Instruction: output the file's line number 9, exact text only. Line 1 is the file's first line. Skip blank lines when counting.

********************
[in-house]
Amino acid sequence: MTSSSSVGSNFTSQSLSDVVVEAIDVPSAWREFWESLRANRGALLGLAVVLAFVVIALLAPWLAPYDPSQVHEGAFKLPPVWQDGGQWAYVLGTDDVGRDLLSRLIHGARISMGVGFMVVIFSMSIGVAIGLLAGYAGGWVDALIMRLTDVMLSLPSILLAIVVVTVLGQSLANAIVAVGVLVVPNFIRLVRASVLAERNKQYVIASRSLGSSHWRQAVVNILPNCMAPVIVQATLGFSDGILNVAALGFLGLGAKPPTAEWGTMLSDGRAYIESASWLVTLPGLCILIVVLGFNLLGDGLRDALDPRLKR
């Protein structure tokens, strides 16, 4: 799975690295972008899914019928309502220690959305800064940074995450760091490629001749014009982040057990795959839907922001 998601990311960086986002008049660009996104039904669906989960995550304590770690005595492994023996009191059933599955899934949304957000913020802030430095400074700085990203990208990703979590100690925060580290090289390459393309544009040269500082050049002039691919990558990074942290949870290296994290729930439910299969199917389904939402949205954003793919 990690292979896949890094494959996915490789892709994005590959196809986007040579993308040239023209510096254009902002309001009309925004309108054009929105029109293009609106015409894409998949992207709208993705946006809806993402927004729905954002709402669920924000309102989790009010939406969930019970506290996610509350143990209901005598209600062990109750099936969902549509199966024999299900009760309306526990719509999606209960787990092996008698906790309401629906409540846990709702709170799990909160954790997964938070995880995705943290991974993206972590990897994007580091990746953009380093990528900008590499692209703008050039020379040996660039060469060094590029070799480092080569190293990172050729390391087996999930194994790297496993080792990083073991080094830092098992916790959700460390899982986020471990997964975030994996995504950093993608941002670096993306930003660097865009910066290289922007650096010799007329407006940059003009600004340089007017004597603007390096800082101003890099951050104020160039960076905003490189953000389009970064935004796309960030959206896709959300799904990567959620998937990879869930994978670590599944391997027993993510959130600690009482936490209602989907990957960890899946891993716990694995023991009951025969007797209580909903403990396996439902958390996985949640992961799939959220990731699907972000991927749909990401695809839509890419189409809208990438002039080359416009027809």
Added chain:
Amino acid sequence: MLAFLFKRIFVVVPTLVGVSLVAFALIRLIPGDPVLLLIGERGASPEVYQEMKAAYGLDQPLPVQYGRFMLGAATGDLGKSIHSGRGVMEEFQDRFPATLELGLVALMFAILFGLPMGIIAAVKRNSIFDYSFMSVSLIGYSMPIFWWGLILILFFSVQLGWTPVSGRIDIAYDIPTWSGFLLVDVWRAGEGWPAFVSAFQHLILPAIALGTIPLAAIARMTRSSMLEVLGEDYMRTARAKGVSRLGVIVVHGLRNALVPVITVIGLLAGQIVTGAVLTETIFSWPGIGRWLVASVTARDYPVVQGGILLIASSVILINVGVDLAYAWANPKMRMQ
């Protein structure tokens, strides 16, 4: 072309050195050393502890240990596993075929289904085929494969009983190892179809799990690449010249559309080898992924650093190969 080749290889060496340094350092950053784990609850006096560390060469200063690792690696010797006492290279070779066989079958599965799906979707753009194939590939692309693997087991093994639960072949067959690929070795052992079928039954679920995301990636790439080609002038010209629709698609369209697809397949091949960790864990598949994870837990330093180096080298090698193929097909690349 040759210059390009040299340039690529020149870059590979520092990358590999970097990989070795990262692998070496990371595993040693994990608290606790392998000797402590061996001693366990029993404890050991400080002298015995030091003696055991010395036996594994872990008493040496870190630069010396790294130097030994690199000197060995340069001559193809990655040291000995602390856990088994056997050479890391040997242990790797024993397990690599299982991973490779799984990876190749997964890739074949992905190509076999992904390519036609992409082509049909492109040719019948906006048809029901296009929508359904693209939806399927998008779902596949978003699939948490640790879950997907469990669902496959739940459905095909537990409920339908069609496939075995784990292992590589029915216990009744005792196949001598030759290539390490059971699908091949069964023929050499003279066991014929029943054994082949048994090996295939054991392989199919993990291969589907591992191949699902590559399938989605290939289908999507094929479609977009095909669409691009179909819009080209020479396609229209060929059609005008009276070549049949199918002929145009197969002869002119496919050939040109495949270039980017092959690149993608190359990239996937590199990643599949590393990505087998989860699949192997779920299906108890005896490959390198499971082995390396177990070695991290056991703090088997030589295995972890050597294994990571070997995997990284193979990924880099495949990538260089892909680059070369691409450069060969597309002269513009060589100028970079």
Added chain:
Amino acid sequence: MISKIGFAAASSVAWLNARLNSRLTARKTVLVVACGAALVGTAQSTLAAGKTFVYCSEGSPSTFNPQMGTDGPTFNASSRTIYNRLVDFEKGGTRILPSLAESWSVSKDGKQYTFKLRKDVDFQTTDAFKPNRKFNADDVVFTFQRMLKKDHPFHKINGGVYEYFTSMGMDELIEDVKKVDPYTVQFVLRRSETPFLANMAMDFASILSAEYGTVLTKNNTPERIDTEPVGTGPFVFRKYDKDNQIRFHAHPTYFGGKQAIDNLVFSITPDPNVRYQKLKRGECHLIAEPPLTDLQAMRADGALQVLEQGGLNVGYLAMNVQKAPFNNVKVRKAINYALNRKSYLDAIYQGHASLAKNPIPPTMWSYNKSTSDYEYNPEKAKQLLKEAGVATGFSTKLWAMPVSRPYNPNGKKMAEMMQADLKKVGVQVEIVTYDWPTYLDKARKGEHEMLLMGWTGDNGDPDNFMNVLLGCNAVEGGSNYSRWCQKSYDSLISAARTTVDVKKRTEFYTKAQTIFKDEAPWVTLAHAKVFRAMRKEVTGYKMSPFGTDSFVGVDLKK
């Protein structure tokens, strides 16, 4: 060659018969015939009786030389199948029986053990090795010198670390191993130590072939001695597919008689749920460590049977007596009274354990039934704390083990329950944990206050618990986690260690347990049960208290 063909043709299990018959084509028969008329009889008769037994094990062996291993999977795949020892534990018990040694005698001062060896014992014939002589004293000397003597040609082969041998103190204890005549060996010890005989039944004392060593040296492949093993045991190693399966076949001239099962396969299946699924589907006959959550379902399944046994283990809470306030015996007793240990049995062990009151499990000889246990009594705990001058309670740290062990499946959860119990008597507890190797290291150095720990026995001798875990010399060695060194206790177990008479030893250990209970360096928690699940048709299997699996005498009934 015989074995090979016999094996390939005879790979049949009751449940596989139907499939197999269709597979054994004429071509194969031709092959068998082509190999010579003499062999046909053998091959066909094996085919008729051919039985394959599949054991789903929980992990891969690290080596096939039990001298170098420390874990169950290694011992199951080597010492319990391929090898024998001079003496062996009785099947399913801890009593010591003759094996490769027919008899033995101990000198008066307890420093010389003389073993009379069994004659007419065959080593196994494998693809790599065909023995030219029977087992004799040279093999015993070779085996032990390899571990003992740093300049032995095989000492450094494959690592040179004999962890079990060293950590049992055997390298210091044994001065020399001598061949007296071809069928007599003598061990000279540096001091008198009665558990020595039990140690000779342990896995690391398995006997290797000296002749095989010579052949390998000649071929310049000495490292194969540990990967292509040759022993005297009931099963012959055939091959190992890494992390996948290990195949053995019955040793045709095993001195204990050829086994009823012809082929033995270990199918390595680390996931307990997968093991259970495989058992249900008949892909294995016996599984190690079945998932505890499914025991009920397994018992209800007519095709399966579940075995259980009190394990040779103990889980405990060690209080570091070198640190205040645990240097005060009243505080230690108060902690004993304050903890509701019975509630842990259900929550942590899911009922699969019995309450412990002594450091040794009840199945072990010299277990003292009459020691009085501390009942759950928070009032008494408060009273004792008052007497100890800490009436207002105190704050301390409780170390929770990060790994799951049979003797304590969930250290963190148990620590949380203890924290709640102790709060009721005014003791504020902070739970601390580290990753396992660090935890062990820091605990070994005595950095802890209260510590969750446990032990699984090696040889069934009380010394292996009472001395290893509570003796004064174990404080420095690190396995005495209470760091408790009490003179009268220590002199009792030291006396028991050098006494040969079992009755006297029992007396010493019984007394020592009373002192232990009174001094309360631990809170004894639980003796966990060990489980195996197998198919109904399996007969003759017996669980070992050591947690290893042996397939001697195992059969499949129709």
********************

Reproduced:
């Protein structure tokens, strides 16, 4: 060659018969015939009786030389199948029986053990090795010198670390191993130590072939001695597919008689749920460590049977007596009274354990039934704390083990329950944990206050618990986690260690347990049960208290 063909043709299990018959084509028969008329009889008769037994094990062996291993999977795949020892534990018990040694005698001062060896014992014939002589004293000397003597040609082969041998103190204890005549060996010890005989039944004392060593040296492949093993045991190693399966076949001239099962396969299946699924589907006959959550379902399944046994283990809470306030015996007793240990049995062990009151499990000889246990009594705990001058309670740290062990499946959860119990008597507890190797290291150095720990026995001798875990010399060695060194206790177990008479030893250990209970360096928690699940048709299997699996005498009934 015989074995090979016999094996390939005879790979049949009751449940596989139907499939197999269709597979054994004429071509194969031709092959068998082509190999010579003499062999046909053998091959066909094996085919008729051919039985394959599949054991789903929980992990891969690290080596096939039990001298170098420390874990169950290694011992199951080597010492319990391929090898024998001079003496062996009785099947399913801890009593010591003759094996490769027919008899033995101990000198008066307890420093010389003389073993009379069994004659007419065959080593196994494998693809790599065909023995030219029977087992004799040279093999015993070779085996032990390899571990003992740093300049032995095989000492450094494959690592040179004999962890079990060293950590049992055997390298210091044994001065020399001598061949007296071809069928007599003598061990000279540096001091008198009665558990020595039990140690000779342990896995690391398995006997290797000296002749095989010579052949390998000649071929310049000495490292194969540990990967292509040759022993005297009931099963012959055939091959190992890494992390996948290990195949053995019955040793045709095993001195204990050829086994009823012809082929033995270990199918390595680390996931307990997968093991259970495989058992249900008949892909294995016996599984190690079945998932505890499914025991009920397994018992209800007519095709399966579940075995259980009190394990040779103990889980405990060690209080570091070198640190205040645990240097005060009243505080230690108060902690004993304050903890509701019975509630842990259900929550942590899911009922699969019995309450412990002594450091040794009840199945072990010299277990003292009459020691009085501390009942759950928070009032008494408060009273004792008052007497100890800490009436207002105190704050301390409780170390929770990060790994799951049979003797304590969930250290963190148990620590949380203890924290709640102790709060009721005014003791504020902070739970601390580290990753396992660090935890062990820091605990070994005595950095802890209260510590969750446990032990699984090696040889069934009380010394292996009472001395290893509570003796004064174990404080420095690190396995005495209470760091408790009490003179009268220590002199009792030291006396028991050098006494040969079992009755006297029992007396010493019984007394020592009373002192232990009174001094309360631990809170004894639980003796966990060990489980195996197998198919109904399996007969003759017996669980070992050591947690290893042996397939001697195992059969499949129709």